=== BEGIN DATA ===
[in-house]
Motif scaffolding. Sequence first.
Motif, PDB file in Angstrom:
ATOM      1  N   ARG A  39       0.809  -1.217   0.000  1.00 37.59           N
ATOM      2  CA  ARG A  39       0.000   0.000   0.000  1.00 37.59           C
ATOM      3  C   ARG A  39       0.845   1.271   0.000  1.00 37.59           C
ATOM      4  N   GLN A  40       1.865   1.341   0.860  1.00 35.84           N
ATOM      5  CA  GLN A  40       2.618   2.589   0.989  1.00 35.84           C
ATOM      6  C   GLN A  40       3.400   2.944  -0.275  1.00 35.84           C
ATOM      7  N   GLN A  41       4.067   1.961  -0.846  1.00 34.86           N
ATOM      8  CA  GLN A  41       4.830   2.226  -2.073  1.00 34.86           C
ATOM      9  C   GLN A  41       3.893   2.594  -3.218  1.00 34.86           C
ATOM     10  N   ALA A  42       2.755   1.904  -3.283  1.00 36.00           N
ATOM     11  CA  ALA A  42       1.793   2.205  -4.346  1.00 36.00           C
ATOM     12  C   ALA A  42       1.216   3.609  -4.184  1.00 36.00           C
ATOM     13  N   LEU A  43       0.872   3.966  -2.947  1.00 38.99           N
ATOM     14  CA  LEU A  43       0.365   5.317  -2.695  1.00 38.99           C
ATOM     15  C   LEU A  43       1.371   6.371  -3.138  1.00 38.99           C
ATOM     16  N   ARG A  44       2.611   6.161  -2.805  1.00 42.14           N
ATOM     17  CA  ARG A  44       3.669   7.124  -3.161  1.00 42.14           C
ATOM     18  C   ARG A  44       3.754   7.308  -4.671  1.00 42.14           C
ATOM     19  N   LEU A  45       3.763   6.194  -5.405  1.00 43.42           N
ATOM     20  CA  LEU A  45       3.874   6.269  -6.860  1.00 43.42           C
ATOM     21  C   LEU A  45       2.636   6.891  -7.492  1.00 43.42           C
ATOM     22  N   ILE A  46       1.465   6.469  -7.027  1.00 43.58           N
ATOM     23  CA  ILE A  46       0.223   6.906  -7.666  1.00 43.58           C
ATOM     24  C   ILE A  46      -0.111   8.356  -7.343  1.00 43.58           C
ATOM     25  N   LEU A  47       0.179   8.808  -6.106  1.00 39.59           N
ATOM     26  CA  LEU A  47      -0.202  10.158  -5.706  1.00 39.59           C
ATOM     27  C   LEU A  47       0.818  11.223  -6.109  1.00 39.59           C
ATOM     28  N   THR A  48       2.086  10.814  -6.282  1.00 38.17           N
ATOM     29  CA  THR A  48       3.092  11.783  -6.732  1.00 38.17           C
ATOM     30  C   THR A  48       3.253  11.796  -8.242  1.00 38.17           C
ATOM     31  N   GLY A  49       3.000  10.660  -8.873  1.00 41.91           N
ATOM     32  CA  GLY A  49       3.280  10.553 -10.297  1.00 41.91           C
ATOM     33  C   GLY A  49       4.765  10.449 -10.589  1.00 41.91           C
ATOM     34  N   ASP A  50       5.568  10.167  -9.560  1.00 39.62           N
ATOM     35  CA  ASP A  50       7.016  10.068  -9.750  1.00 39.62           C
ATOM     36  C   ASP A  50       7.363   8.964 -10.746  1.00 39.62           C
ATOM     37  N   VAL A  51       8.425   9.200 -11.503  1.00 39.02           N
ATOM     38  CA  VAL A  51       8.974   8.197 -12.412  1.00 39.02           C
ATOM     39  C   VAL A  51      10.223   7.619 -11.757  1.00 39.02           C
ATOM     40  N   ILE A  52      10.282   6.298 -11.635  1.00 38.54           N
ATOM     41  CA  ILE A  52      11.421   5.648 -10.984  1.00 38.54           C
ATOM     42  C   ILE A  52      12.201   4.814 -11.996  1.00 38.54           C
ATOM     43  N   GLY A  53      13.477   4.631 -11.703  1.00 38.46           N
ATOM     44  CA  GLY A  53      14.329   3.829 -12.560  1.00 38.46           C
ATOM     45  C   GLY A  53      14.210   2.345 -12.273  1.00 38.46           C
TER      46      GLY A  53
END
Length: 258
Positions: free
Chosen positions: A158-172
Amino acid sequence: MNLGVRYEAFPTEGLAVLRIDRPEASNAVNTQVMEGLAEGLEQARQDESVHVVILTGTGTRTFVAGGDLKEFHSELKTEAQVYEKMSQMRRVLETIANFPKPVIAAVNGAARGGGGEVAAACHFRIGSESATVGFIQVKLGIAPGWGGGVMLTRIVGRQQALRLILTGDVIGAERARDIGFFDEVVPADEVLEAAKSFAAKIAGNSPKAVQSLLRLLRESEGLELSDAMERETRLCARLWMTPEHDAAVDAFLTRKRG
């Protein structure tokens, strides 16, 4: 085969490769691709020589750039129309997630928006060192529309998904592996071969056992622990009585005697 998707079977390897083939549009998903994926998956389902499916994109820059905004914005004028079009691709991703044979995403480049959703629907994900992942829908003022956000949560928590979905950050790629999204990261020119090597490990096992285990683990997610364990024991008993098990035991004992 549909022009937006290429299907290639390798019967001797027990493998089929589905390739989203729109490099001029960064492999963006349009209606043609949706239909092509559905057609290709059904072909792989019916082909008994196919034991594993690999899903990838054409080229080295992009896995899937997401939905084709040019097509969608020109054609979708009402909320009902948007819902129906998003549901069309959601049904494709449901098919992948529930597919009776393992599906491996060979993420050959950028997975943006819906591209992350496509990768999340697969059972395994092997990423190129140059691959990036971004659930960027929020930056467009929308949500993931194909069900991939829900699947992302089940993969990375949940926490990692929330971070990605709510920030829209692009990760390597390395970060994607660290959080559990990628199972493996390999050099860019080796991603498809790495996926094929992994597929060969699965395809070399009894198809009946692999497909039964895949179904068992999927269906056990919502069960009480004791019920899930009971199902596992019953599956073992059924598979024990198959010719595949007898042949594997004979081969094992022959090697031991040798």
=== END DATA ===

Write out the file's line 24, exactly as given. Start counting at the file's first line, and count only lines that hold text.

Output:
ATOM     21  C   LEU A  45       2.636   6.891  -7.492  1.00 43.42           C